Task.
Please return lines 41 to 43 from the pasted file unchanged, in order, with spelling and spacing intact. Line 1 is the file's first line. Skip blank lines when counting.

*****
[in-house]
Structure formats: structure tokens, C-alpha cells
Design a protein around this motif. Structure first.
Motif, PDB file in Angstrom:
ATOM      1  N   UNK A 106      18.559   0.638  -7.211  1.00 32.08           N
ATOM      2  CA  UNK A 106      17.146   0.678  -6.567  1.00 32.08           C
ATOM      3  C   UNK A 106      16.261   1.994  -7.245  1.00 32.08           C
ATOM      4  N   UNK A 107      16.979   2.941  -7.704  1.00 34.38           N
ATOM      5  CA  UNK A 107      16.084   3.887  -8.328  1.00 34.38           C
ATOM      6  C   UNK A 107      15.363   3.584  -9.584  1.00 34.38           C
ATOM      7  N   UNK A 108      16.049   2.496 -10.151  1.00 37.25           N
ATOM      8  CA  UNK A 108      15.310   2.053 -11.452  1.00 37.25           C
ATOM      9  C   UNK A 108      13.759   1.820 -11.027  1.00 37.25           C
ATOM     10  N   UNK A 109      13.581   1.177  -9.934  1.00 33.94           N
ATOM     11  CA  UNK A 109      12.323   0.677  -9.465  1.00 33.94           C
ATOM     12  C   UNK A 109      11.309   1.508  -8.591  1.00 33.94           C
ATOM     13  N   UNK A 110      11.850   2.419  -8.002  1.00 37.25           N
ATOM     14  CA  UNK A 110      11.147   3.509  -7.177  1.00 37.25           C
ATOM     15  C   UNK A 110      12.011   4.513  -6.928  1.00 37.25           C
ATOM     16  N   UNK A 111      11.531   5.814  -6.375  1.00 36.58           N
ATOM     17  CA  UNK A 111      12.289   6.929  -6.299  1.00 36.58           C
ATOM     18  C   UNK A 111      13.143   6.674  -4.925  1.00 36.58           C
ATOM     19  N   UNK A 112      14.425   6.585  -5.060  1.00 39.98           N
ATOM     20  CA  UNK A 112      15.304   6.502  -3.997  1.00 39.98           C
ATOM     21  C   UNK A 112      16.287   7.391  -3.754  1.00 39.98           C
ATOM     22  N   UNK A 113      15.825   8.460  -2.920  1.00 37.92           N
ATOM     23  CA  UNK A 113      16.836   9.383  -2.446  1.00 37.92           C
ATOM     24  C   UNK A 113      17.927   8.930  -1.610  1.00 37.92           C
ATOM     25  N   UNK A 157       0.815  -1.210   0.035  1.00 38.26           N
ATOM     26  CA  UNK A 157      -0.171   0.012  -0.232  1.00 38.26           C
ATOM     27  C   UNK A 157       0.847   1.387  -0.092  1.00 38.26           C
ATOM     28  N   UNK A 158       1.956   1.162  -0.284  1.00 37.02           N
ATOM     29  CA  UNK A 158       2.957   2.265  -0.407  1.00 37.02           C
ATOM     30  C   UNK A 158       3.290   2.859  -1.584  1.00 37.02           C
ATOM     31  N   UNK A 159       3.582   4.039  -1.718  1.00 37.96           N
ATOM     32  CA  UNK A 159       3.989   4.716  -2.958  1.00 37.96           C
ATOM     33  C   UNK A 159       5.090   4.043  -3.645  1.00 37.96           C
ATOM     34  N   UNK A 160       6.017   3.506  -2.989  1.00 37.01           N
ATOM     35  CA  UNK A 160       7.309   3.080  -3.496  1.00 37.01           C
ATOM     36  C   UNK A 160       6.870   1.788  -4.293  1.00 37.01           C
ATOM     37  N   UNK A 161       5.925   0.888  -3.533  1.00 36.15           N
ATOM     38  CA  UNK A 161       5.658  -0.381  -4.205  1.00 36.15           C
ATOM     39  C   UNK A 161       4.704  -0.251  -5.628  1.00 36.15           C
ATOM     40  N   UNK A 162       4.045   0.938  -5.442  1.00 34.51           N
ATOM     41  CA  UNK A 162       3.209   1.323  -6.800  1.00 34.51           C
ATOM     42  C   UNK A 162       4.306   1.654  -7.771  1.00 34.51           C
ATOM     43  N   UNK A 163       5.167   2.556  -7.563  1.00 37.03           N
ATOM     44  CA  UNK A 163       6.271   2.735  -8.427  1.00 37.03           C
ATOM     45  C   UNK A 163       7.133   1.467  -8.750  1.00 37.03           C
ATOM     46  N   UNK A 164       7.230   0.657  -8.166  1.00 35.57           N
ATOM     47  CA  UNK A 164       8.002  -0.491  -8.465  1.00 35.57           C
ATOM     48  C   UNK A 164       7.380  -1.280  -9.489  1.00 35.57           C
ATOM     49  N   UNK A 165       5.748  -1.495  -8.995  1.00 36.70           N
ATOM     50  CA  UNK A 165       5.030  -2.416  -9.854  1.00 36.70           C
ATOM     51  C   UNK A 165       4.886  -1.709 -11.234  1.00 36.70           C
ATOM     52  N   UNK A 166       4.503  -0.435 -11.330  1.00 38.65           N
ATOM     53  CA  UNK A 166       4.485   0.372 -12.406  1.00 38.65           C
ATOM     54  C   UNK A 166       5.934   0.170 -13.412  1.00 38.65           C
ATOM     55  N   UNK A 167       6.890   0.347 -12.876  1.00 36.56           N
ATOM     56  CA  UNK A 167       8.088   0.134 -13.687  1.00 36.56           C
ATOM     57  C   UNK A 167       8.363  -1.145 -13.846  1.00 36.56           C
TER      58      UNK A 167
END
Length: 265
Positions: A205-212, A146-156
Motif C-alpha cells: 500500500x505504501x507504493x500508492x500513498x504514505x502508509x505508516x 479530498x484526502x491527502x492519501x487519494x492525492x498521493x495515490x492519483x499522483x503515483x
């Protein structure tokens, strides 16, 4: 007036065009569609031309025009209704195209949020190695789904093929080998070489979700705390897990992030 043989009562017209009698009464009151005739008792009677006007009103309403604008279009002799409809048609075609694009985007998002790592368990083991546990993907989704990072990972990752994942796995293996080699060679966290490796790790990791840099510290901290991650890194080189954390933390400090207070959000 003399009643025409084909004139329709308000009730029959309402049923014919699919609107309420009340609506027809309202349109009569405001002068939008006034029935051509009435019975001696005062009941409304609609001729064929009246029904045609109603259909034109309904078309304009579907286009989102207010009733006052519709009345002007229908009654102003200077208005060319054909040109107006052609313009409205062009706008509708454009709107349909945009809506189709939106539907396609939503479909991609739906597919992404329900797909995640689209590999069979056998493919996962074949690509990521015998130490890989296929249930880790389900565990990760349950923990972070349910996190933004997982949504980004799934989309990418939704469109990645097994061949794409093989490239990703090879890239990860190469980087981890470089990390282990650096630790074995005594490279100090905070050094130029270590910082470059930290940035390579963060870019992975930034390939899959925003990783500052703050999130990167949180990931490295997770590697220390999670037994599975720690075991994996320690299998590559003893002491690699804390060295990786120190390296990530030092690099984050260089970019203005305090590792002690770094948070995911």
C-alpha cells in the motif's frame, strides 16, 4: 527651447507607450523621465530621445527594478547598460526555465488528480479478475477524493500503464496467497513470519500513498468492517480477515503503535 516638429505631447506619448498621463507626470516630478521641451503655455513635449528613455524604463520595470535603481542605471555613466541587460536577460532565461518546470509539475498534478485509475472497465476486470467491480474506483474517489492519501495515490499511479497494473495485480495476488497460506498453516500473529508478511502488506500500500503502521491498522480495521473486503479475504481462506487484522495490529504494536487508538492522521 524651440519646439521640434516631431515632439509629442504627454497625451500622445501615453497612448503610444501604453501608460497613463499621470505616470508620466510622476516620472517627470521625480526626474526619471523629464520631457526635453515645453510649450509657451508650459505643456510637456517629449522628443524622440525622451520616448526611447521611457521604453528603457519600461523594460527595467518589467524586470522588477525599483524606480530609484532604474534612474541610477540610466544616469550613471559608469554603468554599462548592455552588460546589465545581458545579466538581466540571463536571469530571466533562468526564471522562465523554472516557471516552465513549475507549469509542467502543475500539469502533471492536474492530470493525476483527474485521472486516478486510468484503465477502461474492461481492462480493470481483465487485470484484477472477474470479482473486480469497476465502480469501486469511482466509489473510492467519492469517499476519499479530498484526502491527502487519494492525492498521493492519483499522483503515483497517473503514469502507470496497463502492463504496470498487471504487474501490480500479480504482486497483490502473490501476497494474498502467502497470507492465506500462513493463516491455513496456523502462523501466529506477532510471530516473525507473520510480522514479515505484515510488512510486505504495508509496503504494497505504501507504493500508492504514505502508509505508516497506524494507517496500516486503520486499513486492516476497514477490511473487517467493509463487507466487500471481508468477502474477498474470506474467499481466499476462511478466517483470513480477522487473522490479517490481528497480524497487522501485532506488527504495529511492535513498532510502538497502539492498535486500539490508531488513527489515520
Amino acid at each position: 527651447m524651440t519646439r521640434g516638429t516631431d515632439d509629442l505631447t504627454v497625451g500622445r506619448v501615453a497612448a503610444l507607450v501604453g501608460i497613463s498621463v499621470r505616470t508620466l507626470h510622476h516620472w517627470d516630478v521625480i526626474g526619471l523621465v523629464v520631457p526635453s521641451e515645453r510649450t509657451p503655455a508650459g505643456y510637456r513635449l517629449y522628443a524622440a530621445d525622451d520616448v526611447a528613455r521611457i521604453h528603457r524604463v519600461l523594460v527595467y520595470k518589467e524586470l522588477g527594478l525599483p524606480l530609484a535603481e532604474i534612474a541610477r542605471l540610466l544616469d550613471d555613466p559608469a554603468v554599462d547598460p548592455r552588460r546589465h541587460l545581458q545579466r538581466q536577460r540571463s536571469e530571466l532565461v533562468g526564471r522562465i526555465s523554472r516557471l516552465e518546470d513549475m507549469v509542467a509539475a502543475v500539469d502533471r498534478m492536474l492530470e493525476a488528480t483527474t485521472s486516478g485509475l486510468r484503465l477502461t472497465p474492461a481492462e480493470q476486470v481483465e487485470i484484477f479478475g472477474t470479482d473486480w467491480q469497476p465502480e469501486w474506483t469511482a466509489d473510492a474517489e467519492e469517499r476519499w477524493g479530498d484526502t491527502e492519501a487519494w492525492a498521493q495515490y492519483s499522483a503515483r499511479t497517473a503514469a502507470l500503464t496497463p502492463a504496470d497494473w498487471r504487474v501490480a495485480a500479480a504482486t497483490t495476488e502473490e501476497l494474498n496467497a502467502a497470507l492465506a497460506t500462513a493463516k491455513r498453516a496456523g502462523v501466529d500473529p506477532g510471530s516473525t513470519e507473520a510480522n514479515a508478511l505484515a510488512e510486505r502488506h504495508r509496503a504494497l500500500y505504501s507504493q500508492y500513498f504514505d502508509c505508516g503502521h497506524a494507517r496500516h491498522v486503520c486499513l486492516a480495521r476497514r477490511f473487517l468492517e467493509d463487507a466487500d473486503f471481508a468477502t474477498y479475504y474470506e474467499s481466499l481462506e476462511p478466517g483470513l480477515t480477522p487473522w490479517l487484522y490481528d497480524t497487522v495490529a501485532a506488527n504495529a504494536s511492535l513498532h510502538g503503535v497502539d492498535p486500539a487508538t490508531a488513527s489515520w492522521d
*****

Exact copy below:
ATOM     37  N   UNK A 161       5.925   0.888  -3.533  1.00 36.15           N
ATOM     38  CA  UNK A 161       5.658  -0.381  -4.205  1.00 36.15           C
ATOM     39  C   UNK A 161       4.704  -0.251  -5.628  1.00 36.15           C